The article by Harry Thomas, published in the June 22 Star-Bulletin, sent my brain spinning! Here is a person who went on a Norwegian cruise liner, apparently to be entertained the entire time. He gained none of the pleasures experienced by those who take a cruise to relax and visit a different culture.

Fanning Island's sand strips surround a large central lagoon filled with coral heads and exotic fish. The island's known history begins when Capt. Edmund Fanning sighted it in 1798. A coconut (copra) plantation was established. A cable station was built before World War I to connect Canada, Fiji, New Zealand and Australia, the main Pacific posts of the British empire.

The people who live there today are citizens of the Republic of Kiribati. When the cruise ships arrive, the residents provide entertainment and help serve food to the guests. They have little else to share, but they are very friendly.

The one day at sea when the ship is on its way to the island and the one on the return trip provide time for relaxing. If this is not reason enough to go on an ocean cruise, then somehow I have missed the purpose of it.

Marion Kelly

Pedestrian lights put beloved angel at rest

Our beloved Marilene Rongcal Bacani did not die in vain. The crosswalk fronting Child and Family Services at Fort Weaver Road finally got its pedestrian-activated lights.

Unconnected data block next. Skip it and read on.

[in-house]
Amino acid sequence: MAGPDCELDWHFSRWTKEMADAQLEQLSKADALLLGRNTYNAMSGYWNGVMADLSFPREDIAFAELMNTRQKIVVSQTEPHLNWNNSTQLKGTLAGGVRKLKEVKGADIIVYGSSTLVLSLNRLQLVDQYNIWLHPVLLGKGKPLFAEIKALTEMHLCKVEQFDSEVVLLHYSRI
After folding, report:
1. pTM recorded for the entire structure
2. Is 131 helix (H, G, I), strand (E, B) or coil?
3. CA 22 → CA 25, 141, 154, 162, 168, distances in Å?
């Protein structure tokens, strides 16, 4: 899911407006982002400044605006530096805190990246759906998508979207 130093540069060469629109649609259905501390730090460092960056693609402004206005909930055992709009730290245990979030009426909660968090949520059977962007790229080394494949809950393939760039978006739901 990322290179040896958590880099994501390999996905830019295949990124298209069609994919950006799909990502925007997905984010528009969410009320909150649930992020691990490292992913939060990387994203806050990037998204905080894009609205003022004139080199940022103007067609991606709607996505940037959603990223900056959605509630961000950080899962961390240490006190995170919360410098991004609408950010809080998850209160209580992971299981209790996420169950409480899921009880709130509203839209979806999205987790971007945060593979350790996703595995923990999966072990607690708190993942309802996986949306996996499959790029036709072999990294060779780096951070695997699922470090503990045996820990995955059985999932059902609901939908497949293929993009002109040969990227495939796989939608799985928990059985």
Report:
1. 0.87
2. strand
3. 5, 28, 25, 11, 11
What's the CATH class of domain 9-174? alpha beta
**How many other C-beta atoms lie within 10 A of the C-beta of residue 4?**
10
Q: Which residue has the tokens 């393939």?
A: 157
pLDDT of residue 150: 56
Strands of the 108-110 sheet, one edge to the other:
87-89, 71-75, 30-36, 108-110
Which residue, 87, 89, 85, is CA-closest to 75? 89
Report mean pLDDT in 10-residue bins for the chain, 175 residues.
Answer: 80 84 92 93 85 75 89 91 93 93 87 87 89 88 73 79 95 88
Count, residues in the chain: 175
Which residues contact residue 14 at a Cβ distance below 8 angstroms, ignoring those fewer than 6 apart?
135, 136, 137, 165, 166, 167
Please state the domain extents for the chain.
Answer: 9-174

On July 09, 2002, a week after celebrating her 16th birthday, Marilene lost her life after she was hit by a car on the crosswalk. She was on her way to the bus stop to do volunteer work for handicapped children at Campbell High School.

We, the Rongcal-Bacani family, would like to thank all of the people who rallied behind us -- relatives, friends, the Child and Family Services staff, James Campbell High School staff and students and some strangers. We thank everyone who signed our petitions and sign-waved with us for many days to get the attention of the authorities for these traffic lights.

Special thanks go to Sen. Willie Espero and his assistant Tom Berg, Sen. Brian Kanno and his staff, Rep. Romy Mindo, the Ewa Beach Neighborhood Board and former member Pam Smith, and all the community leaders who supported us and followed through on our request for these life-saving lights. Thank you to the Department of Transportation for listening and acting on our plea. Finally, a big mahalo to all members of the media for supporting our cause and for being with us since the tragic accident happened.

Our very special angel, Marilene, who will forever live in our hearts, will now rest in peace knowing that pedestrians can use the Child and Family Services Center crosswalk safely.

Lolita Rongcal Takeda Rongcal-Bacani family



What should be done about those triangle-shaped concrete islands created when the city makes two-way streets one way?

Send your ideas and solutions by July 14 to:

Or mail them to:
c/o Burl Burlingame
500 Ala Moana
7 Waterfront Plaza, Suite 210
Honolulu, Hawaii 96813

c/o Burl Burlingame


How to write us

The Star-Bulletin welcomes letters that are crisp and to the point (150 to 200 words). The Star-Bulletin reserves the right to edit letters for clarity and length. Please direct comments to the issues; personal attacks will not be published. Letters must be signed and include a daytime telephone number.